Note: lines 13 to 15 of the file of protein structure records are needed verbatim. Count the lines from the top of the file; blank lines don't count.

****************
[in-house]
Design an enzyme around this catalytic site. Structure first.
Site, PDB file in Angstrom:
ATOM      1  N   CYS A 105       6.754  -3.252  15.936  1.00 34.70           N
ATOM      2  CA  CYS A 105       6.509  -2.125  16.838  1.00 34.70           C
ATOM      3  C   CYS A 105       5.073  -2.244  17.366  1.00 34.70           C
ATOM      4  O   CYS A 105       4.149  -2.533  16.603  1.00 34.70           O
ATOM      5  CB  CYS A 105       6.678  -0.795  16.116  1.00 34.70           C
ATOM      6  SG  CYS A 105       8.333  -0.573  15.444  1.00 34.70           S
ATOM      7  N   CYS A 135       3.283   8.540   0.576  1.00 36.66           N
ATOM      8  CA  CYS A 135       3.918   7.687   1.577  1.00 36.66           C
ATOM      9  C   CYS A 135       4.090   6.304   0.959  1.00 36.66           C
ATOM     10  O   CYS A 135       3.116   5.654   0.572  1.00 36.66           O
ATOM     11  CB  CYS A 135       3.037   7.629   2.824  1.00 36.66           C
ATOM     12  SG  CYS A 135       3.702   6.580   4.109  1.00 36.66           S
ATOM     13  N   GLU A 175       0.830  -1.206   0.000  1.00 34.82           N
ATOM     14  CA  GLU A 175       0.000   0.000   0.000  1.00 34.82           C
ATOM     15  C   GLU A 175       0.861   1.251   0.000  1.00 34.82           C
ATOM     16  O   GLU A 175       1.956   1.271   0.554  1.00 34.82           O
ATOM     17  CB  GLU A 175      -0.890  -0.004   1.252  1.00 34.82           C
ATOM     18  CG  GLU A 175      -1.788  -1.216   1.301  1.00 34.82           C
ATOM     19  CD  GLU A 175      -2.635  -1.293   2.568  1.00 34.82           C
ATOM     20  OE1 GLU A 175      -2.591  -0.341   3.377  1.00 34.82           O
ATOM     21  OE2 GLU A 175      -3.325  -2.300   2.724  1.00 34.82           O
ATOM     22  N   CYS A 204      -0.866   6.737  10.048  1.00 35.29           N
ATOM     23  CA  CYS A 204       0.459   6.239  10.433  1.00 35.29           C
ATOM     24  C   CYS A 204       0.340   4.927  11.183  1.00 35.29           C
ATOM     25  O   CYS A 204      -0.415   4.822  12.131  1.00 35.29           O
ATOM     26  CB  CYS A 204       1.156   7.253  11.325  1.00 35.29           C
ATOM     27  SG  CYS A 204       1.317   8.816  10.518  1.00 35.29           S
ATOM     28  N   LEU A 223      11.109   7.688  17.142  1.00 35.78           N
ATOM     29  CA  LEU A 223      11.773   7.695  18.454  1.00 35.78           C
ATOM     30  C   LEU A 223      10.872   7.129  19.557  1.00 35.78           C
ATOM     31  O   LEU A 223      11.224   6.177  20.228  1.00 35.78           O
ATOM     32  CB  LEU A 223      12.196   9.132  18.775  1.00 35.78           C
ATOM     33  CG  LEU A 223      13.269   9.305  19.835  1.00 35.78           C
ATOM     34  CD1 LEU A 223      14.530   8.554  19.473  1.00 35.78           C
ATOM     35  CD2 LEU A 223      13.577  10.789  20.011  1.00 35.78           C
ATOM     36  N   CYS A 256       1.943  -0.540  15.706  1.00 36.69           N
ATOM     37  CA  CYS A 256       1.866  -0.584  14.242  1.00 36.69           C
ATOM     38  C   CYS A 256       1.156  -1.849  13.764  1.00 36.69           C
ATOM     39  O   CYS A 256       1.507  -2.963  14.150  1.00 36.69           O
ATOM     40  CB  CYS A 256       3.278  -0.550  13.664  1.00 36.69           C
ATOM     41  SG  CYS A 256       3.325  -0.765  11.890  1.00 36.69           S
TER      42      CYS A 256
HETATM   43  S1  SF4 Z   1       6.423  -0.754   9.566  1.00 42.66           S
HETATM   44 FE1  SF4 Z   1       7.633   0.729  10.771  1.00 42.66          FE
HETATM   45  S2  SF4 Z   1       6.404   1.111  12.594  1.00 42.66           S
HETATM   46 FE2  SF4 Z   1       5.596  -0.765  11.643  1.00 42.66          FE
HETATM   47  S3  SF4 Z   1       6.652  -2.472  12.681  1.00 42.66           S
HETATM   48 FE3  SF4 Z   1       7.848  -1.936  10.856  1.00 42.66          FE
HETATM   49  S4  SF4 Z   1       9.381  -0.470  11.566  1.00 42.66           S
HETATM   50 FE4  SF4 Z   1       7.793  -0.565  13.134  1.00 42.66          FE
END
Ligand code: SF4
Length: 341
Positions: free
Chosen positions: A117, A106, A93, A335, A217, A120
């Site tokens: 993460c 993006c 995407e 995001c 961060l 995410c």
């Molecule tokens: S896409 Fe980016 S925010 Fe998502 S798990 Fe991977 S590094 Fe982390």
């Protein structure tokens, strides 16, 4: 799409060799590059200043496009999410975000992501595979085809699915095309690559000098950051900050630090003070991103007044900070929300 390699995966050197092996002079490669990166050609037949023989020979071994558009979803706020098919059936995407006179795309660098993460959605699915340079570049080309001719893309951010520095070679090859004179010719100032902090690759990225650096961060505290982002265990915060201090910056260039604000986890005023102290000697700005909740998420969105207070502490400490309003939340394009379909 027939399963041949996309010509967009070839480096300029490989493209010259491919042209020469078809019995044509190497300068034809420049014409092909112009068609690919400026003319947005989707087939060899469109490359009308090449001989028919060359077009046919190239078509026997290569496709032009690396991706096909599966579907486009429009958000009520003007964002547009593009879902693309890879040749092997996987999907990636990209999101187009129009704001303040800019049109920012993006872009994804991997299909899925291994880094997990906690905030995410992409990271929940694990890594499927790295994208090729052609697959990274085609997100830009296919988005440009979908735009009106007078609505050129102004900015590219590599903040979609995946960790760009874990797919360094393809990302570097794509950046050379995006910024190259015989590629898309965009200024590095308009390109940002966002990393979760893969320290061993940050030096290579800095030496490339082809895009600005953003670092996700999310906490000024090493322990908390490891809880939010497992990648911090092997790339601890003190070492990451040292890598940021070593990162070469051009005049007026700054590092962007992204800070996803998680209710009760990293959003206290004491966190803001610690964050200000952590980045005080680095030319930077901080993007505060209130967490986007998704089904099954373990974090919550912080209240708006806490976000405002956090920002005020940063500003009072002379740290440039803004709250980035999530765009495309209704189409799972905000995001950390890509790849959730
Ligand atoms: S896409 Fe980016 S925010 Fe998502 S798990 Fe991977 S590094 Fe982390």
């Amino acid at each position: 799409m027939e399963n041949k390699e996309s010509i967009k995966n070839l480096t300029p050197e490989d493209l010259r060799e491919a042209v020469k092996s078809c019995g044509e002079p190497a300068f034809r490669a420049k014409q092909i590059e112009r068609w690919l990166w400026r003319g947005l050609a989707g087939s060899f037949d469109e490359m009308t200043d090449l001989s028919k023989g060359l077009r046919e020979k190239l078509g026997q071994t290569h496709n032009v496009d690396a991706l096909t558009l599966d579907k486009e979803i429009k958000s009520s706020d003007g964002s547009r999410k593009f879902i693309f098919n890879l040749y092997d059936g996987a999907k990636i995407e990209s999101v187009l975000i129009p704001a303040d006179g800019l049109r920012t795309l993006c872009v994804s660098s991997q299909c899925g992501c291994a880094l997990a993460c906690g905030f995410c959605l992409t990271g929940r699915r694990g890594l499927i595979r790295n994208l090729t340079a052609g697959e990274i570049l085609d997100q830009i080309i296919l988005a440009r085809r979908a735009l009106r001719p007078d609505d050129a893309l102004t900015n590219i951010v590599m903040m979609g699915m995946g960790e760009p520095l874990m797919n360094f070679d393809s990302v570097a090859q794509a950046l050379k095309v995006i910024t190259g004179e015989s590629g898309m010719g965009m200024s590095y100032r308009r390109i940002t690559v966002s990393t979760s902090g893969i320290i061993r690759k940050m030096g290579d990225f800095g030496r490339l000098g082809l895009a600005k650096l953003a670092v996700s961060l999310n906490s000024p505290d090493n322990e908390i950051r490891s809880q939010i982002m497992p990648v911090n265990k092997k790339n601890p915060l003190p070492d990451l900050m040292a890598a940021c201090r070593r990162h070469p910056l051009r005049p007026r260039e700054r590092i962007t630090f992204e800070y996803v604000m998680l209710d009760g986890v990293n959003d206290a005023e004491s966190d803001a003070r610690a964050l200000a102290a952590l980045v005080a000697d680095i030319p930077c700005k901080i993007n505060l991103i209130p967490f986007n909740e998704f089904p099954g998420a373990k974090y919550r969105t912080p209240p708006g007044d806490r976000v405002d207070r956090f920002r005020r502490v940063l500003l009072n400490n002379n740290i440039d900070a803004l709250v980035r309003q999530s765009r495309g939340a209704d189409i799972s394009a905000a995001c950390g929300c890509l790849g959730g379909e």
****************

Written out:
ATOM     10  O   CYS A 135       3.116   5.654   0.572  1.00 36.66           O
ATOM     11  CB  CYS A 135       3.037   7.629   2.824  1.00 36.66           C
ATOM     12  SG  CYS A 135       3.702   6.580   4.109  1.00 36.66           S